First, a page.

A Tale of Shaky Legs

A Tale of Shaky Legs

            “I don’t like it,” Ron says, smiling. I’m holding the board as close to the dock as I can, trying to steady it while he steps on. “I don’t like it,” he says again as I push it gently away, and hand him the paddle. (He’s still smiling, mind you). His legs are shaking, each knee taking a turn almost buckling as he tries to steady himself, feet against board, board against water.

            “Wiggle around,” I tell him. “Push against the water. It’s steadier than you think. You won’t tip.” He complies and does an awkward body dance, arms flailing, legs shuddering, but he doesn’t fall. “I still don’t like it!” …He’s yelling now, he has to be, because already he is 100 feet away, paddling slowly, steadily, across the lake.

            Before I know it, he’s gone. Having gained confidence in a mere 5 minutes, Ron made his away across the lake, around the island. I can make him out just barely, paddling 1, 2, 3, on each side, then switching. From this far away, it looks graceful, paddle boarding. The white of the board slicing through the dark water, the rhythm of the bending knees, paddle diving into water, pulling back.

            When he makes his way back to the dock he exclaims “I saw fish! And turtles! And birds!” He’s talking now about how he wants to go fishing today, how he could see himself doing this every morning.

            That’s how it is with paddle boarding. For those who haven’t yet tried the sport, I can assure you it looks more difficult than it is. When I first tried, I assumed it had to carry the difficulty of other water sports: surfing, wakeboarding. I assumed that a board so skinny couldn’t possibly support me easily. But call it magic, (or science) it does. There are many types of boards that you can progress with once you’re comfortable, but beginner boards, often made of foam and a durable plastic material, are about as stable as a large floating raft. After a few minutes of awkward learning; working out how to paddle and where to place your feet (just behind the middle of the board!), I can assure you, you will fall in love.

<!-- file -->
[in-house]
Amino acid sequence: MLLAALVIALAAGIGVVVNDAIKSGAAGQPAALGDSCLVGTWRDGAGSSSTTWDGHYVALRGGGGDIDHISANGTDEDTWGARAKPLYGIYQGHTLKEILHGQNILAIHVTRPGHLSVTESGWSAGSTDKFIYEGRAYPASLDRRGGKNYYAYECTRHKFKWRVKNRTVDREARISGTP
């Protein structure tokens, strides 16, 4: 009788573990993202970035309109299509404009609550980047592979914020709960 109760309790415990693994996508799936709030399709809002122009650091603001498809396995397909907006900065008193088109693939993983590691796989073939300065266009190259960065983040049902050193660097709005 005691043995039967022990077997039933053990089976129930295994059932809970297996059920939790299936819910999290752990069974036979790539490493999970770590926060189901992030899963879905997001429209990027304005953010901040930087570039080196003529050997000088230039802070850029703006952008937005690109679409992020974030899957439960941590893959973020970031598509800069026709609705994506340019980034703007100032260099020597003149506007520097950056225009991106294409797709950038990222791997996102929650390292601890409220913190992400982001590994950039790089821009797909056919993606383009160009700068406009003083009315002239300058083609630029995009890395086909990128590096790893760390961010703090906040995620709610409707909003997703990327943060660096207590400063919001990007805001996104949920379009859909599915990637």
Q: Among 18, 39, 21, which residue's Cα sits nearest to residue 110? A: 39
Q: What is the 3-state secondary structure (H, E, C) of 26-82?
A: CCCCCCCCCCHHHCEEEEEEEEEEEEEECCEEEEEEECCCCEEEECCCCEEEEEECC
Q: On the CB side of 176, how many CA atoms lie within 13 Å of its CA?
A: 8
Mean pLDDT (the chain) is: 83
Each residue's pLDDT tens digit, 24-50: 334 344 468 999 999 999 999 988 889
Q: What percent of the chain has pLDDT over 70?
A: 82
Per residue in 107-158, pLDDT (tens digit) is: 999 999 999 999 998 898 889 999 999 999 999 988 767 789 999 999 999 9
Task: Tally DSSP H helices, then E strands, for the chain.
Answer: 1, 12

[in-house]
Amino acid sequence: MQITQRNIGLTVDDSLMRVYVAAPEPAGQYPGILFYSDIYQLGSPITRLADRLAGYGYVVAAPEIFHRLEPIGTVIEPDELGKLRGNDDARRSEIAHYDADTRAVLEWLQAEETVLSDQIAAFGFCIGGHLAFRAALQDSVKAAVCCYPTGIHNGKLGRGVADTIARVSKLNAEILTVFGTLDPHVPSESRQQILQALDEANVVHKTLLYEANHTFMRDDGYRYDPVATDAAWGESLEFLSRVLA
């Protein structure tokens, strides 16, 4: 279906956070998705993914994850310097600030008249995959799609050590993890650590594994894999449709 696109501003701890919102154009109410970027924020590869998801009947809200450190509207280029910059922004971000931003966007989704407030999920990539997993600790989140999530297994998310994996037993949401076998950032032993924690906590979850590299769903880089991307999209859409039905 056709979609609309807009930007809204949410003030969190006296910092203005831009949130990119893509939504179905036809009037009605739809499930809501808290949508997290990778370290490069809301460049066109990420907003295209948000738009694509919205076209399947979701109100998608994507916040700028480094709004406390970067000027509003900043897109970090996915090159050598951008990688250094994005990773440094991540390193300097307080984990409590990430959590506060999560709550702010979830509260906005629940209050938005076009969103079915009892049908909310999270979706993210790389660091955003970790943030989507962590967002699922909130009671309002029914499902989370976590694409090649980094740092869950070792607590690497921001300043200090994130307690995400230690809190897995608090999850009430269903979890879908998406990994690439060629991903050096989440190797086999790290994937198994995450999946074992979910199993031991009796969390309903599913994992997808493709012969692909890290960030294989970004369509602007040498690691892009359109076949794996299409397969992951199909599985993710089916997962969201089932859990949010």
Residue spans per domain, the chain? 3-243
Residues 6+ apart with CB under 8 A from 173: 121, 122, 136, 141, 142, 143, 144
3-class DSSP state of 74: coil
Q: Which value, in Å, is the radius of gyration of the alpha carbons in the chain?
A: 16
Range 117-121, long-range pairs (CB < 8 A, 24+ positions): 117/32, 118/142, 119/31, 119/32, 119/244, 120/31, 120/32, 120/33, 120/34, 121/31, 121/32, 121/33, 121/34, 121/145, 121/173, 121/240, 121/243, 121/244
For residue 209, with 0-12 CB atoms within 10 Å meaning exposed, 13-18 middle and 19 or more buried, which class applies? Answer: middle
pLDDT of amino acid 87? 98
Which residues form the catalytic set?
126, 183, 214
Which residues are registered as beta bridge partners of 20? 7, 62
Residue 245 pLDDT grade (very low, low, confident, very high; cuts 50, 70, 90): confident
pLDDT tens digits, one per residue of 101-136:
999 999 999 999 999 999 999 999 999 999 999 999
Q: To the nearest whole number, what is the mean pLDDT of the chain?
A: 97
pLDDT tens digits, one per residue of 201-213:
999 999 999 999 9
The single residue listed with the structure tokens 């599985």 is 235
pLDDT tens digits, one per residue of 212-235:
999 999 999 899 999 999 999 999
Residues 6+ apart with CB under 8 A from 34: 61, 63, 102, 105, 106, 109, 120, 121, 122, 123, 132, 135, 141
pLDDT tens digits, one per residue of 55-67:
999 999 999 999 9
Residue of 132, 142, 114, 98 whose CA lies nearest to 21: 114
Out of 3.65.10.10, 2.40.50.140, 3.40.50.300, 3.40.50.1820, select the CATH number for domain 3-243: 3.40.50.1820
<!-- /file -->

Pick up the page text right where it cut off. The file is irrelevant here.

For your first day on the paddleboard, I suggest going early in the morning, or later in the evening, when the water is glassy and reflective. Wear a lifejacket, (just in case) and polarized sunglasses if you have them. It changes the visibility immensely! And seeing the lazy bending of seaweed, the flitting schools of fish, turtles paddling about, is half the joy.

            When Ron comes back from his second trip around the lake, he is confident, already without the wobble of a beginner. “I just have one question,” he says. “What happens if I fall in?”
Thankfully there’s a simple answer. It lies in this other activity that’s popular in our area. People drive out of the city to do it. They flock to rivers and lakes and ponds for it. They build pools and fill them with water for it. I call it, affectionately, going for a swim!

            Any of the lakes in River Country are a good place to get started. Borrow a stand-up paddleboard from a friend to try it out, or if you’re looking to bite the bullet and buy, 37 North carries a great supply of beginner to intermediate boards. Happy summer!

 

by Carmen Faulkner

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About The Author

Carmen Faulkner

Carmen Faulkner is an avid travel enthusiast who grew up in Newaygo County. When she isn’t on the road, she splits her time between her home in Newaygo and the mountains of British Columbia. Her love for all things outdoors is paralleled only to her appreciation of food, coffee, and craft beer. You can find her in our community kayaking down the Muskegon River, hiking the North Country Trail, or enjoying the small businesses of downtown Newaygo.